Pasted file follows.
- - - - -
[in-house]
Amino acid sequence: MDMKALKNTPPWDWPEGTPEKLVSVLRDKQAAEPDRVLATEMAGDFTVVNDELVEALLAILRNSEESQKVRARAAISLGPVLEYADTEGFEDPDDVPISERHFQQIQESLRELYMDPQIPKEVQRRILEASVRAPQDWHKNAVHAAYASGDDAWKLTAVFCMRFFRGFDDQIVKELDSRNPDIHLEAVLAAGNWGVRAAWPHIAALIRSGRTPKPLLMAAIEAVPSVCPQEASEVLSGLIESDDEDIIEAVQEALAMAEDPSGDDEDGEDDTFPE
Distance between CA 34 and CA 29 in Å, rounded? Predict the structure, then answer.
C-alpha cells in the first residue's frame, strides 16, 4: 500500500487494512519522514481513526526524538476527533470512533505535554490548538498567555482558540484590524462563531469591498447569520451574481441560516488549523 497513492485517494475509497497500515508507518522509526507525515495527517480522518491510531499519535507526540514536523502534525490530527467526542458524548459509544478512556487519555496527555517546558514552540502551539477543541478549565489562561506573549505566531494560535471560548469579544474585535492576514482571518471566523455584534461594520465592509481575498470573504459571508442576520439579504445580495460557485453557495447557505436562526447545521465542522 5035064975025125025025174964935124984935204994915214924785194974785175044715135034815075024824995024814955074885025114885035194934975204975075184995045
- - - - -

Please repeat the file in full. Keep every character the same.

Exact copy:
[in-house]
Amino acid sequence: MDMKALKNTPPWDWPEGTPEKLVSVLRDKQAAEPDRVLATEMAGDFTVVNDELVEALLAILRNSEESQKVRARAAISLGPVLEYADTEGFEDPDDVPISERHFQQIQESLRELYMDPQIPKEVQRRILEASVRAPQDWHKNAVHAAYASGDDAWKLTAVFCMRFFRGFDDQIVKELDSRNPDIHLEAVLAAGNWGVRAAWPHIAALIRSGRTPKPLLMAAIEAVPSVCPQEASEVLSGLIESDDEDIIEAVQEALAMAEDPSGDDEDGEDDTFPE
Distance between CA 34 and CA 29 in Å, rounded? Predict the structure, then answer.
C-alpha cells in the first residue's frame, strides 16, 4: 500500500487494512519522514481513526526524538476527533470512533505535554490548538498567555482558540484590524462563531469591498447569520451574481441560516488549523 497513492485517494475509497497500515508507518522509526507525515495527517480522518491510531499519535507526540514536523502534525490530527467526542458524548459509544478512556487519555496527555517546558514552540502551539477543541478549565489562561506573549505566531494560535471560548469579544474585535492576514482571518471566523455584534461594520465592509481575498470573504459571508442576520439579504445580495460557485453557495447557505436562526447545521465542522 5035064975025125025025174964935124984935204994915214924785194974785175044715135034815075024824995024814955074885025114885035194934975204975075184995045